New York City has expanded the scope of its Human Rights Law (“NYCHRL”) to prohibit job discrimination based upon a job applicant’s status as unemployed. The amendments to the NYCHRL define the term “unemployed” to mean someone “not having a job, being available for work, and seeking employment.” The amendments, which will become effective on June 11, 2013, are groundbreaking in that they make New York City the first jurisdiction in the United States to provide a private right of action for discrimination based on an applicant’s “unemployed” status. If successful in pursuing such claims, denied job applicants may recover compensatory and punitive damages, as well as their attorneys’ fees and costs. In light of this, New York City employers should immediately begin preparing for these coming changes by reviewing their hiring practices, as well as their job advertisements and postings.
Overview of the Amendments to the NYCHRL
The new amendments prohibit employers covered by the NYCHRL (i.e., those employers operating in New York City with 4 or more employees) from considering an applicant’s “unemployment status” with respect to “hiring, compensation or terms of employment.” Furthermore, the amendments prohibit job advertisements or postings, which indicate “being currently employed is a requirement or qualification for the job” or that unemployed individuals need not apply because they will not be considered.
Unlike New Jersey, Oregon, or Washington, D.C., which have passed similar laws prohibiting discrimination against the unemployed, the New York City statute goes one step further in providing persons aggrieved by a violation of the law with a private right of action. Such individuals can file a complaint with the New York City Commission on Human Rights, or commence an action in court against the employer. Like any other plaintiffs alleging discrimination under the NYCHRL, they will be entitled to collect compensatory and punitive damages, as well as their attorneys’ fees should they succeed in establishing their claims. The statute of limitations for such claims is three years and it runs from the date of the alleged discrimination.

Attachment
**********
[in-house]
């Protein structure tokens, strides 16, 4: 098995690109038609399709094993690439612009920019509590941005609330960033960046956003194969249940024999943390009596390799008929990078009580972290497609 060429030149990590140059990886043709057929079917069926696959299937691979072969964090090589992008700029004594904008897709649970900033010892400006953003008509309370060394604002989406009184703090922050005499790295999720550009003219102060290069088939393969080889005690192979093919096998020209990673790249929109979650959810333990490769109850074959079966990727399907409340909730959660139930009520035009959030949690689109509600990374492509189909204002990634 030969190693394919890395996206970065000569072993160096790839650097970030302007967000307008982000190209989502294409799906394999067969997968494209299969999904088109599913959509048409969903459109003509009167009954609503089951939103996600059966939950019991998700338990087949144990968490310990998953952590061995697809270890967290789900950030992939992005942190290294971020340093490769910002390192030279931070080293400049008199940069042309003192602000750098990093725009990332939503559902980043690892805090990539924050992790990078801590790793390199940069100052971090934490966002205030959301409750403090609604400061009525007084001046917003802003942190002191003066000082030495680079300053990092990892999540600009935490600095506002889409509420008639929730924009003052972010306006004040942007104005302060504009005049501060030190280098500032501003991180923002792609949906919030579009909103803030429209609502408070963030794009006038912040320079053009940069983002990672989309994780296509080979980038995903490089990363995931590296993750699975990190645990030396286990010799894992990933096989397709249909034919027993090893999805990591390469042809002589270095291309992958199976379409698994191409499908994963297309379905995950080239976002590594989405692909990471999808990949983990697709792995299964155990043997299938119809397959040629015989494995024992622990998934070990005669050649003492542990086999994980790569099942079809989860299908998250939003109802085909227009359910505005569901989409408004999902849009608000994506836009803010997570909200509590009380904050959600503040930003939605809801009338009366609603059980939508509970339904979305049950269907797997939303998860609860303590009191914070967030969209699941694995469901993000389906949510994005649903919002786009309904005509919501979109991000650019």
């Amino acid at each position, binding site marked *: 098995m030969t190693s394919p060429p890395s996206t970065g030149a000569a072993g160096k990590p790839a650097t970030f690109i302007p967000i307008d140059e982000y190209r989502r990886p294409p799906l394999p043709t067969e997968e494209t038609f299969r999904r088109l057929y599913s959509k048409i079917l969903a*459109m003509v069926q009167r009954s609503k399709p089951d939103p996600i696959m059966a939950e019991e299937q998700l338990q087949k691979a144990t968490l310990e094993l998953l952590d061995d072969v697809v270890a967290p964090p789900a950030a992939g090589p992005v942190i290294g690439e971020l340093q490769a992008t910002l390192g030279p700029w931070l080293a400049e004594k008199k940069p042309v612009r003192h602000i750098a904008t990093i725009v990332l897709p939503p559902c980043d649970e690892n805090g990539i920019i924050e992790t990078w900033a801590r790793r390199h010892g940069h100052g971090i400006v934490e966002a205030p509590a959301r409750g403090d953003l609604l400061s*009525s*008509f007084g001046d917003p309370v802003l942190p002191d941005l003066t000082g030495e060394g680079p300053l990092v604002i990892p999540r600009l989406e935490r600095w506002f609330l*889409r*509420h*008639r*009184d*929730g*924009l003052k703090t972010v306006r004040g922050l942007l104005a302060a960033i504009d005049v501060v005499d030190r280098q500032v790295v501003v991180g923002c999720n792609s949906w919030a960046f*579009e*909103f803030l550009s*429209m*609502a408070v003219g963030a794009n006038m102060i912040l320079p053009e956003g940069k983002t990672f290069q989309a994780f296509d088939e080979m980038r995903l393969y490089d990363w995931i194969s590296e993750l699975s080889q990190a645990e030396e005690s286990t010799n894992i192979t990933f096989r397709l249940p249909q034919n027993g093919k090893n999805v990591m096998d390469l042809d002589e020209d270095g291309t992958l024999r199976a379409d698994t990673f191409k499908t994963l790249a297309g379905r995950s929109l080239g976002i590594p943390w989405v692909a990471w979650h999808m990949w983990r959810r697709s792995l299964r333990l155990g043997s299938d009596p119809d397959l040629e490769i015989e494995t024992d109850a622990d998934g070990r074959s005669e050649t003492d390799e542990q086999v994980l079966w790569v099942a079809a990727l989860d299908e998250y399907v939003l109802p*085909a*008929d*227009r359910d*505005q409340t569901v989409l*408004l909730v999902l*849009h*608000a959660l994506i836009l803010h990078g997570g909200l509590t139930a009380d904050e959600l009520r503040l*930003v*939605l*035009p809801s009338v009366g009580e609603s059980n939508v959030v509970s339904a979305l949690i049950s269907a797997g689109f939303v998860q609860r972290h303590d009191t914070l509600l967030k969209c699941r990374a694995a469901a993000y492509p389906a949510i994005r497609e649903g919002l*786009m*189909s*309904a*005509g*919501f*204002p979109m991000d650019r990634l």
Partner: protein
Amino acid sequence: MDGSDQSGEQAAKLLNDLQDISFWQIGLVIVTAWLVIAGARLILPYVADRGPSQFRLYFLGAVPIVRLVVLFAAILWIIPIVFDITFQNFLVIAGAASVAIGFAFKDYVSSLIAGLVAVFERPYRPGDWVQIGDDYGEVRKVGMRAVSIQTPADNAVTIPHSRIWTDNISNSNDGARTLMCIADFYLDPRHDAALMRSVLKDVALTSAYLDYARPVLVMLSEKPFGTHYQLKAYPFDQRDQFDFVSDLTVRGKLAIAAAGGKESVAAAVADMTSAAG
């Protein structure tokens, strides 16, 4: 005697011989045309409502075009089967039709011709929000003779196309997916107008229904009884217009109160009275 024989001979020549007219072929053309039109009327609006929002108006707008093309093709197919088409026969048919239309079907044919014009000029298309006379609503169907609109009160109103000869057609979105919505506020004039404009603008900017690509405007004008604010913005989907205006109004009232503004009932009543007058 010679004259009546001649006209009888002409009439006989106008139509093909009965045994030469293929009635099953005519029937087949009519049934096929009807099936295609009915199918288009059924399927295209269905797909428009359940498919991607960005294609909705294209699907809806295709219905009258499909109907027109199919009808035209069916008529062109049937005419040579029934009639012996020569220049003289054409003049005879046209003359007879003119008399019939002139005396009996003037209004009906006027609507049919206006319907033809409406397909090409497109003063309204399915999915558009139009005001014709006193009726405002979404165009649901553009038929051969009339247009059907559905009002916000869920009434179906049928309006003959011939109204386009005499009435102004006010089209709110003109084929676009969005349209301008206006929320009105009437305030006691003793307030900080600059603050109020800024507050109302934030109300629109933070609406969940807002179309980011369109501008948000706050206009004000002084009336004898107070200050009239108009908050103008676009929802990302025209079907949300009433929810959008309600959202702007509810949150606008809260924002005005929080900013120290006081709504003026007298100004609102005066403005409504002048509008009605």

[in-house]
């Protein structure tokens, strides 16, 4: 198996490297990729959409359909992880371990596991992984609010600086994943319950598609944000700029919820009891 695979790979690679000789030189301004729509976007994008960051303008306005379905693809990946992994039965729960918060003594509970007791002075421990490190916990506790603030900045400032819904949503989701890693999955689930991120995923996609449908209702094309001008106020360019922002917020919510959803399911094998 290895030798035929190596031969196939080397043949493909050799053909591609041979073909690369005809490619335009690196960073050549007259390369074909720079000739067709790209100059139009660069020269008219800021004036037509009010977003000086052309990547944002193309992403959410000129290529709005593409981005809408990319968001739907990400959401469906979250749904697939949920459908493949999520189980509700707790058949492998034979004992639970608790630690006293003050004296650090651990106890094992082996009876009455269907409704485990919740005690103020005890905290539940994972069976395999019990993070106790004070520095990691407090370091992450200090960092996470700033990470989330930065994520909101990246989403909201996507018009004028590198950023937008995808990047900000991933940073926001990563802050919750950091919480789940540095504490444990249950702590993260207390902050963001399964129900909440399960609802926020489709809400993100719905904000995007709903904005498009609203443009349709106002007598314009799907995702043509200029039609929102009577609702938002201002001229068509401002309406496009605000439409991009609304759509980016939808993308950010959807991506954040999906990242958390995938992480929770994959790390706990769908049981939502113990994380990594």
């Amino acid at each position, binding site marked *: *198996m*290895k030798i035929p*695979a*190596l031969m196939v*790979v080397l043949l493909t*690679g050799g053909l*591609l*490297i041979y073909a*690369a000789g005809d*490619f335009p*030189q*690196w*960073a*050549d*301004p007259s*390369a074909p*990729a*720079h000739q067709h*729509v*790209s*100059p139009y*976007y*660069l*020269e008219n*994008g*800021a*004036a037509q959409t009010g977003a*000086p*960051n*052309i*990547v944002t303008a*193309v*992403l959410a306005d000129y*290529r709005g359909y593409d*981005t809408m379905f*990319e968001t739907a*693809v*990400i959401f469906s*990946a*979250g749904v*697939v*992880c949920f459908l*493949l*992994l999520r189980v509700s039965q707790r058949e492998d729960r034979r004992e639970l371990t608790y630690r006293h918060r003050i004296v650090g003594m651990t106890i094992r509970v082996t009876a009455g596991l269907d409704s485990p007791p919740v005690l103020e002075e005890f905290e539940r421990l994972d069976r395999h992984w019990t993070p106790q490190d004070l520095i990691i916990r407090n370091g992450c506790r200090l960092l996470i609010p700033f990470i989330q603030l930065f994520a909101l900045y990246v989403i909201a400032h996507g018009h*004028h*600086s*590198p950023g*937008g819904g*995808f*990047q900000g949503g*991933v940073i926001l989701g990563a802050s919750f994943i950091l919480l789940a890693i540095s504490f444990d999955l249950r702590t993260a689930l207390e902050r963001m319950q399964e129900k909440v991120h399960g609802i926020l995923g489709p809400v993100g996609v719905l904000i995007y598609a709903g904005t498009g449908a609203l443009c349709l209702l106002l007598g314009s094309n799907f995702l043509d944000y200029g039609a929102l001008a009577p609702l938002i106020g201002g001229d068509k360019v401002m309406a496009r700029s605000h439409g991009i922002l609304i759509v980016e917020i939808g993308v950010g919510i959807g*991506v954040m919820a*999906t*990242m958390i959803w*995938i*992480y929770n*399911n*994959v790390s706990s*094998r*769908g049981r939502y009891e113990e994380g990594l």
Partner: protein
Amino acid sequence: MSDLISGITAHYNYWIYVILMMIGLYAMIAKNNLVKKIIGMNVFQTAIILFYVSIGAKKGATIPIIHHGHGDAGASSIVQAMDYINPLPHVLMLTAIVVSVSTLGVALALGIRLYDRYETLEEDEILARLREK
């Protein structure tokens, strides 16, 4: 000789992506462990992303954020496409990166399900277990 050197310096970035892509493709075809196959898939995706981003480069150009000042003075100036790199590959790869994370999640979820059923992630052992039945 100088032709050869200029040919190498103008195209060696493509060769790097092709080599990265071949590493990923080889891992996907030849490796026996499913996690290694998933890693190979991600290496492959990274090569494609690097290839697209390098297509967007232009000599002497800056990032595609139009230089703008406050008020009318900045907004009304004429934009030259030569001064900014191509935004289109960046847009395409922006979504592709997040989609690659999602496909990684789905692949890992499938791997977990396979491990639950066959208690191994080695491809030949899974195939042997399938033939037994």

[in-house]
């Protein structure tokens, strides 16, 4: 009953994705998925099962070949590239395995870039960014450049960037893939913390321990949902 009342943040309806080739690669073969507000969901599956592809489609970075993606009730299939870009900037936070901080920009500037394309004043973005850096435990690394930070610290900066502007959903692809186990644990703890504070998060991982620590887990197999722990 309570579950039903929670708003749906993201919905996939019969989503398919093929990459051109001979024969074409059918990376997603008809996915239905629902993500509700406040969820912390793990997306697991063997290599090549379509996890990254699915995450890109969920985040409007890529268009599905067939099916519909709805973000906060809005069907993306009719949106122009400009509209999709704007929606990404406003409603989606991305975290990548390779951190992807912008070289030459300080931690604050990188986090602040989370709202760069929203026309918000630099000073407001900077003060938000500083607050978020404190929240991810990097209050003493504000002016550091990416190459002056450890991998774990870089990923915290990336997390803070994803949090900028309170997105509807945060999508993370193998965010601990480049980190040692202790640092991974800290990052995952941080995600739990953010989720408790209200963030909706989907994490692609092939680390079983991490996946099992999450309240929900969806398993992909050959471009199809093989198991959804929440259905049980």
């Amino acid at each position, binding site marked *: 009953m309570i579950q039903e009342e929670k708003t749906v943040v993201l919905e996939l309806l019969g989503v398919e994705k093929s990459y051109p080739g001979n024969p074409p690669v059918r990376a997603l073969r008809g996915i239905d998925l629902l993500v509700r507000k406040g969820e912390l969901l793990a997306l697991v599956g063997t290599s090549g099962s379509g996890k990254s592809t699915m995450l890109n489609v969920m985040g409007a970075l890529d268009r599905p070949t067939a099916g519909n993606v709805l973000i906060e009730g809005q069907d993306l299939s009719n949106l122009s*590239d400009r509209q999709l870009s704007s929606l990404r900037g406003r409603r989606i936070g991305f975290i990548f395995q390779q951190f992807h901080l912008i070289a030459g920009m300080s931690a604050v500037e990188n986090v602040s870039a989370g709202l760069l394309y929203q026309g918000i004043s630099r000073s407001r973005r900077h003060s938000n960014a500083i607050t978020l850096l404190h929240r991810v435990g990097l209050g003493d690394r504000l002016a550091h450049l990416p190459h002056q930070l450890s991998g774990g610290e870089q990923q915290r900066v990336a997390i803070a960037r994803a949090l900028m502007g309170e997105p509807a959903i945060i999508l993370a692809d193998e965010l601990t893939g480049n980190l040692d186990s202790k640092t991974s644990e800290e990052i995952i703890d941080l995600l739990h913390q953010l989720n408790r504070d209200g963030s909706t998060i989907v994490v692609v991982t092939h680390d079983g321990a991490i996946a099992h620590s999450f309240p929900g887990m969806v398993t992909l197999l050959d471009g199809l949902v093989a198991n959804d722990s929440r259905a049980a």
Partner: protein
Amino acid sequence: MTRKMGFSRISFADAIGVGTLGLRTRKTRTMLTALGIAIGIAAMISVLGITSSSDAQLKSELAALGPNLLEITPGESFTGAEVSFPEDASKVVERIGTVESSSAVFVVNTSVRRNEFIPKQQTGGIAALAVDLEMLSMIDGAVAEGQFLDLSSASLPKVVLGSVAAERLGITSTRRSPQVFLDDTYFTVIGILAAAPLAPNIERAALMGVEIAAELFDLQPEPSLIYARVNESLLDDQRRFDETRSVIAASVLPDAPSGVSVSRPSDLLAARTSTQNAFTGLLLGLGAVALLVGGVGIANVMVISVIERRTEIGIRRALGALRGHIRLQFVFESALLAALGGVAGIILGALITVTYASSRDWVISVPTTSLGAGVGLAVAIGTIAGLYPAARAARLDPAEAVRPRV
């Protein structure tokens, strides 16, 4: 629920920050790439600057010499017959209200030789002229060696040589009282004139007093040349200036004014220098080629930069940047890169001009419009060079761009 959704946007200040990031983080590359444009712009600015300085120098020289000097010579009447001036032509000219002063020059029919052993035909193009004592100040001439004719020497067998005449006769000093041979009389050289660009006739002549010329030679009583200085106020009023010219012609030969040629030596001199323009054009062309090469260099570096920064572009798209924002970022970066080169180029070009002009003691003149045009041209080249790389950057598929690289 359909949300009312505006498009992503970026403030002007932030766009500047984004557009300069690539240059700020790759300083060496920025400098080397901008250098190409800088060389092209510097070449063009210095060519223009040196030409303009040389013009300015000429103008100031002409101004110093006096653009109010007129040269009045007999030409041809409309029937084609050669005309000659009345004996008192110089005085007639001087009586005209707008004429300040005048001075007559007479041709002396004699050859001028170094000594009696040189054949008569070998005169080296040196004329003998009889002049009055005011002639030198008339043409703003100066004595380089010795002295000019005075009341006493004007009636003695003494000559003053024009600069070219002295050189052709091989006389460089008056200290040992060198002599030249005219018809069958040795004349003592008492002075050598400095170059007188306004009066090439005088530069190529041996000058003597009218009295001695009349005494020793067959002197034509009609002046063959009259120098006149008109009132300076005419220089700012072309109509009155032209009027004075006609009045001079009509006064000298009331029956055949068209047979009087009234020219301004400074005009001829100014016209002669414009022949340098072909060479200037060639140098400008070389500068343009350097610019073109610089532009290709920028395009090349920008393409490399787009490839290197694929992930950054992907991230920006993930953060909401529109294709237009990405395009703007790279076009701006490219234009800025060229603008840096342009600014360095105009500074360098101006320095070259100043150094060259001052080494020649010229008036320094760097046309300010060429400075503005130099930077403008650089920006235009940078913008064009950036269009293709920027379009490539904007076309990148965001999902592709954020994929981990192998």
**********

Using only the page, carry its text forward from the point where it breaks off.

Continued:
While the amendments to the NYCHRL are expansive, they are not limitless. There is nothing in the amendments which prohibit an employer from:
- considering an applicant’s status as unemployed “where there is a substantially job-related reason for doing so” or “inquiring into the circumstances surrounding an applicant’s separation from prior employment;”
- considering or advertising any substantially job-related qualifications such as holding a valid professional or occupational license; a certificate, registration, permit, or other credential; a minimum level of education or training; or a minimum level of professional, occupational, or field experience;
- determining that only its current employees will be considered for employment or given priority for employment; or
- determining compensation or terms and conditions of employment based on the applicant’s actual amount of experience.
As of June 11, 2013, persons who are “unemployed” – currently 9.1% of the New York City population – will represent a new class of potential plaintiffs who may file discrimination lawsuits. Any employers with a workforce in New York City should immediately suspend any practices of barring applicants merely because they are unemployed. In addition, employers should train managers, as well personnel in their Human Resources Departments, on the changes to the law to ensure that the hiring process complies with the new law. Finally, New York City employers should immediately review their job postings (both in print and online) to ensure they comply with the new amendments to the law.
For assistance with matters involving compliance with the New York City Human Rights Law, please contact an attorney in the Gibbons Employment & Labor Law Department.